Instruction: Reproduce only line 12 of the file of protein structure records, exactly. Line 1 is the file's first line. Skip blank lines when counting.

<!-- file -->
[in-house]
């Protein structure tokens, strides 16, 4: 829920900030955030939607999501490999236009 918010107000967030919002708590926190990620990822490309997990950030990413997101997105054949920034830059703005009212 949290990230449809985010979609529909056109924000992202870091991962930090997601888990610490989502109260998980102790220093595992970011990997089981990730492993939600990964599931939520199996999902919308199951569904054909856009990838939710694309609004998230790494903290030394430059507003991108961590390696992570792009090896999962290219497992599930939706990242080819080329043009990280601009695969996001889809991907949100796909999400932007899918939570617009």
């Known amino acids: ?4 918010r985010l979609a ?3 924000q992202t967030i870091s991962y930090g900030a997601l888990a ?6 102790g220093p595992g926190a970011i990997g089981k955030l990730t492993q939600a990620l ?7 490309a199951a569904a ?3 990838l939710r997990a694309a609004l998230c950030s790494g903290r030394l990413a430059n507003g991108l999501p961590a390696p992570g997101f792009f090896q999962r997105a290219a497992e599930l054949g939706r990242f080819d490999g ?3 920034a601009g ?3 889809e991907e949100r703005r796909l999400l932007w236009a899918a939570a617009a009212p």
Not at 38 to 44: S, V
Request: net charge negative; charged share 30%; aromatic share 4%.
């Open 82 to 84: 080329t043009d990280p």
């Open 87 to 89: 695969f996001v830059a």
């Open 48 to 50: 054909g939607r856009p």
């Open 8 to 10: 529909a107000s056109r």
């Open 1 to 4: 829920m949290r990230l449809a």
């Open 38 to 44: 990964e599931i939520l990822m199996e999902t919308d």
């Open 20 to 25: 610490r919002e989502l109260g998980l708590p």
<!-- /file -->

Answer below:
């Open 20 to 25: 610490r919002e989502l109260g998980l708590p």